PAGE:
“What better way to welcome a little one to the world than with a brilliant selection of books?” This sentiment, which began the Toppsta blog “Top 10 Books for a Baby’s Bookshelf” (https://toppsta.com/blog/view/top-10-books-for-baby-bookshelf 5th December 2017) is one with which I can heartily agree. And the suggestions, which included books by Beatrix Potter, Eric Carle, Raymond Briggs and the Ahlbergs, are all books that found a place in my own and/or my child’s nursery. But while these classic texts are enjoyable, there are other babies’ books that deserve to be on every shelf, and my daughter’s bookshelf also included books with people who looked like her. Recently, when we welcomed a new baby cousin into the family, I decided to send only books with BAME main characters in them—knowing that someone else would buy A Very Hungry Caterpillar for the little one.
My task proved to be harder than I had anticipated, especially with regard to that babyhood staple, board books. Children need books that will comfort, and if you’ve ever had a teething baby, you know there’s no comfort like a book to chew on. One of my favourite board books for this purpose, because it is both eatable and about eating at the same time, is Pamela Venus’s Let’s Feed the Ducks (Firetree 2016). All of Venus’s board books for Firetree are lovely, but the cover illustration of this happy boy with his bag of duck food is enough to bring a smile to anyone’s face—including your baby’s.
The illustrations in Venus’s books are realistic, and while I feel it is critical for small children to have accurate depictions of people who look like them, there is also a pleasure in more “cartoony” pictures—as evidenced by the success of authors like Allan and Janet Ahlberg. There is something pleasing about the round shapes and simple features of the toddlers depicted in Carol Thompson’s Blankies (Child’s Play 2013), and the topic of comfort objects is one that appeals to most children.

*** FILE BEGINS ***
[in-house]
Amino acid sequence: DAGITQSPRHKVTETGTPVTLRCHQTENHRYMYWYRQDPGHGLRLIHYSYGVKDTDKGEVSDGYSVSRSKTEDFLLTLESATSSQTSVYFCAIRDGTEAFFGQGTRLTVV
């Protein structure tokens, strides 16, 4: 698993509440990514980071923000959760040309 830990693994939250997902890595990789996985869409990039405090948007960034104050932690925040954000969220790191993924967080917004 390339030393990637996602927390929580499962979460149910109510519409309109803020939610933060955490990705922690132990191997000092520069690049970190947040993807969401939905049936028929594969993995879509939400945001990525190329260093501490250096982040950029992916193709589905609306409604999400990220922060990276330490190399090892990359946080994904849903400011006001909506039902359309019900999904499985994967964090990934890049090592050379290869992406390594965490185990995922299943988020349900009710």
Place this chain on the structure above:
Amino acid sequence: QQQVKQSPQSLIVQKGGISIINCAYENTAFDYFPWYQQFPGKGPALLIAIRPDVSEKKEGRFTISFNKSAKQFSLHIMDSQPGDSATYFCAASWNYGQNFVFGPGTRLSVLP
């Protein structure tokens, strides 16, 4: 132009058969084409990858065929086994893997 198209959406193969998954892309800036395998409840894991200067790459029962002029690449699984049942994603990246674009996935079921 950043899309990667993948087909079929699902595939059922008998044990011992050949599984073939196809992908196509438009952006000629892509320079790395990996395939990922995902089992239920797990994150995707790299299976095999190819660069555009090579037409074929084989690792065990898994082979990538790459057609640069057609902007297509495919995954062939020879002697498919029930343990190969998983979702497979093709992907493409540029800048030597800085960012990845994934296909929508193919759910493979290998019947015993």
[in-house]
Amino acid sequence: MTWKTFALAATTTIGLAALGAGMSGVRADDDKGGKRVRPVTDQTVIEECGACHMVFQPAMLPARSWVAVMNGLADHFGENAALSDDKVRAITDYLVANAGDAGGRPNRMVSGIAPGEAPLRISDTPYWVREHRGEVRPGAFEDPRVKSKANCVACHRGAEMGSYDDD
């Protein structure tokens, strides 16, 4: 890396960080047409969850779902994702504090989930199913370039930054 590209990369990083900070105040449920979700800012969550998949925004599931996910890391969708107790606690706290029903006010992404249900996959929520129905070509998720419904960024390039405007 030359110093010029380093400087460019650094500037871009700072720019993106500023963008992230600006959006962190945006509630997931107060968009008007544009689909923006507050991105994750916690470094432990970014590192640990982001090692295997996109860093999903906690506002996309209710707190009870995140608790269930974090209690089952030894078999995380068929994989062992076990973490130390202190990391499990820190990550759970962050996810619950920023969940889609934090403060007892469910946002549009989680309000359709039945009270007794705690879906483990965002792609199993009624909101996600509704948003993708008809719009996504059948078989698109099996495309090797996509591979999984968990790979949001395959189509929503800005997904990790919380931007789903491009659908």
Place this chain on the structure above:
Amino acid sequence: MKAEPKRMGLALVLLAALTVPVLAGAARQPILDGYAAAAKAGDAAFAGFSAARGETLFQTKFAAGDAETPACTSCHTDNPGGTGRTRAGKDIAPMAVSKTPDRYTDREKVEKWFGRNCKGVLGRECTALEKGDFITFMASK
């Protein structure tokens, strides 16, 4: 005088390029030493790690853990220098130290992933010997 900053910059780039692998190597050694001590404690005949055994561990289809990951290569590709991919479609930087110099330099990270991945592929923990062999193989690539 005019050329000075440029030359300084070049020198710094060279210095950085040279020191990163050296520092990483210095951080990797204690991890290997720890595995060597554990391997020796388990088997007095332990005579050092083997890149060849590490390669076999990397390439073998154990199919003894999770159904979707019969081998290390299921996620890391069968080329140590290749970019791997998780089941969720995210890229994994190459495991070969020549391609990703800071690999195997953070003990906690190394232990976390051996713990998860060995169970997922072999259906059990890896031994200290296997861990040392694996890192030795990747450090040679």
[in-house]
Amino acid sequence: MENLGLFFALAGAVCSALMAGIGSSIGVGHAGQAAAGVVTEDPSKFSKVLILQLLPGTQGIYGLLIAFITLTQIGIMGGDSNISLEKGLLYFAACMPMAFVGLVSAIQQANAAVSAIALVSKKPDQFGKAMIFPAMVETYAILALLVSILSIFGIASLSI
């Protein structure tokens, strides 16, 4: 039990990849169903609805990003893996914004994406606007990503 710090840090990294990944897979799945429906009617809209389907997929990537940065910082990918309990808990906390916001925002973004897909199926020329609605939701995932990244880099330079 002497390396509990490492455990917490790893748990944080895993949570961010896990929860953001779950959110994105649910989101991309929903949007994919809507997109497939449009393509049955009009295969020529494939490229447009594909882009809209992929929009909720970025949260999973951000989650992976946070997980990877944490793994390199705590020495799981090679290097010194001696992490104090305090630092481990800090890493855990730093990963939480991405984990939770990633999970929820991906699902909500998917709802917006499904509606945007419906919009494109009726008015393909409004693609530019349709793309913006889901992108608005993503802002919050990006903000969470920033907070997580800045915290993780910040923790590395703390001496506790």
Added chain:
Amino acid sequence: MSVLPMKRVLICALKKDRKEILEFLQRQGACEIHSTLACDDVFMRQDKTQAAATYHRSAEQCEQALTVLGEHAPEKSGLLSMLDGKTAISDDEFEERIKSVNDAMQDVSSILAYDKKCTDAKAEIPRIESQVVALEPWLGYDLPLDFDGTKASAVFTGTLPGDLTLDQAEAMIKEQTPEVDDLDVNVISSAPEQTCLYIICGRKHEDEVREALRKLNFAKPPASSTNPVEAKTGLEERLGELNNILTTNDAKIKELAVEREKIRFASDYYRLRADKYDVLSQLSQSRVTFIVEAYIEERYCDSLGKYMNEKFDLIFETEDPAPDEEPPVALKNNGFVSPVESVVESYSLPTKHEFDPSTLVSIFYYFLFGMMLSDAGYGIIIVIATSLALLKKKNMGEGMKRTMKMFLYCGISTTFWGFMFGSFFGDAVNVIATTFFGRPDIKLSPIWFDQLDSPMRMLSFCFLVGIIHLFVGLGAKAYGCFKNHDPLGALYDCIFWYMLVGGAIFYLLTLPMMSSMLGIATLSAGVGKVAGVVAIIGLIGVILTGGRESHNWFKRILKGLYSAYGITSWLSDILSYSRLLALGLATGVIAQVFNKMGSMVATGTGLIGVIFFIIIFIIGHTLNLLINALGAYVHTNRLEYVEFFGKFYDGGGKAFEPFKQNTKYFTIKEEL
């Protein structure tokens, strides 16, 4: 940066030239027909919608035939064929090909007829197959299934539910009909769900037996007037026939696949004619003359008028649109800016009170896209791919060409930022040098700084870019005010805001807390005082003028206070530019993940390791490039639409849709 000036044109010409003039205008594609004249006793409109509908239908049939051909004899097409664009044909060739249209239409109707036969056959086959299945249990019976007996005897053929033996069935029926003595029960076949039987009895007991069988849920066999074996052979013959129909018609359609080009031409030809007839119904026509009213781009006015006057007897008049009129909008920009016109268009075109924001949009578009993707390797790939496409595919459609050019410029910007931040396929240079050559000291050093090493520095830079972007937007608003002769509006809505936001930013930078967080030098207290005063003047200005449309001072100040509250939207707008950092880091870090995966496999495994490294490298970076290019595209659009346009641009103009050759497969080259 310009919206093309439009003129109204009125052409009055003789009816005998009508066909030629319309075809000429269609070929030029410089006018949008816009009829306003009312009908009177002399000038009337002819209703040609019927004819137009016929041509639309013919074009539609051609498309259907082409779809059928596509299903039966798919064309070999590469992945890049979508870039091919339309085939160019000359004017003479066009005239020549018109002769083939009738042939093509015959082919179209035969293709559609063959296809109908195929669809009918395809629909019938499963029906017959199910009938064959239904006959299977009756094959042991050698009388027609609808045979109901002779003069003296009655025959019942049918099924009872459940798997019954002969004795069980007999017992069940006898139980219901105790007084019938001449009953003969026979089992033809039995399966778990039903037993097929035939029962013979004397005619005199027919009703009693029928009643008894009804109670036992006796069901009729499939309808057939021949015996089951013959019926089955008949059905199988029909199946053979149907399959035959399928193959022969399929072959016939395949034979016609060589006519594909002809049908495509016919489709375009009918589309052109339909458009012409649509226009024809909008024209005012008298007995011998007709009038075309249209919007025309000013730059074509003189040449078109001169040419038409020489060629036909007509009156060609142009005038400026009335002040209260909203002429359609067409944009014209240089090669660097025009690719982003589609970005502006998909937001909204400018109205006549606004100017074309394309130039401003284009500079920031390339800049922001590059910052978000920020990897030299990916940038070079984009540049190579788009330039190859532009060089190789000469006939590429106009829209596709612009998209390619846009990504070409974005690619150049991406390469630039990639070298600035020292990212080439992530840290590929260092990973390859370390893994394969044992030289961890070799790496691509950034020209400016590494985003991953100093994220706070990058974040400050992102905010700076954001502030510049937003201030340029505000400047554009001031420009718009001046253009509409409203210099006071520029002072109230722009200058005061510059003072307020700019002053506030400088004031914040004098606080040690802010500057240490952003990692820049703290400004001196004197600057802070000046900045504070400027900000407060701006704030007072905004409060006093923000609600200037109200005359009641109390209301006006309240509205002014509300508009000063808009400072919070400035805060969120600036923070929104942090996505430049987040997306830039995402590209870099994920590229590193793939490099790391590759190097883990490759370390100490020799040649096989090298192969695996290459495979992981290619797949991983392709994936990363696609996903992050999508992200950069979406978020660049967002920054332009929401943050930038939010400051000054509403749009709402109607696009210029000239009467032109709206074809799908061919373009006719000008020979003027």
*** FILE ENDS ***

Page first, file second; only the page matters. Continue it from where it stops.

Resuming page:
Unsurprisingly, babies like books about . . . babies. Two of my favorites that combine lively, bouncy text with cheerful illustrations of families in love with their babies are Trish Cooke and Helen Oxenbury’s So Much (Walker 1994) and Grace Nichols and Eleanor Taylor’s No, Baby, No! (Bloomsbury 2011—my copy has a cd of Nichols reading the text as well). Anna McQuinn’s Zeki Can Swim! (Alanna 2016) and Molly Bang’s Ten, Nine, Eight (HarperCollins 2003) speak to common experiences (swim class and bedtime) for babies and toddlers in simple text meant to be shared between parent and child.
Molly Bang’s book brings up another category every good baby library should include: early concept books, those that teach the alphabet, counting, colours and similar basic ideas. Many of the good BAME alphabet books are designed for slightly older (4-6 years) readers—such as Valerie Bloom’s Fruits, a classic in its own right that introduces readers to ideas beyond “A is for Apple”, and Verna Wilkins’s ABC I Can Be, which discusses career options for all children. For a similar age, I like Hena Khan and Mehrdokht Amini’s Golden Domes and Silver Lanterns (Chronicle 2015), which teaches colours and aspects of Muslim family life at the same time. These are all good choices to stock a baby’s library, waiting for when they are ready for them; an early concept book suitable for babies and toddlers to enjoy is George Shannon and Blanca Gómez’s One Family (Farrar Strauss and Giroux 2015), a counting book that (without a huge fanfare) shows that everyone counts.
Finally, I think that any good gift library for new families should include nursery rhymes, which introduce the youngest listeners to concepts of rhyme, rhythm, and sound. Grace Hallworth and Caroline Binch’s Down by the River (Heinemann 1996) is a classic text including many rhymes familiar to all (parent) readers (such as “Rain, Rain, Go Away”) in an evocative Caribbean setting. A less localized collection is Elizabeth Hammill’s collection of nursery rhymes, Over the Hills and Far Away (Frances Lincoln 2014) which has rhymes from around the world illustrated by a wide variety of illustrators.
These are just a few of the books available for the very youngest book audience showcasing children from BAME backgrounds. I offer them not as replacements for Peter Rabbit or The Snowman, but as additions to ANY new baby’s library. It is never to early to offer babies mirrors of themselves in books—nor to show them that other babies may look slightly different, but they all do baby things, make baby noises, and reach out for the love of their parents through the medium of books.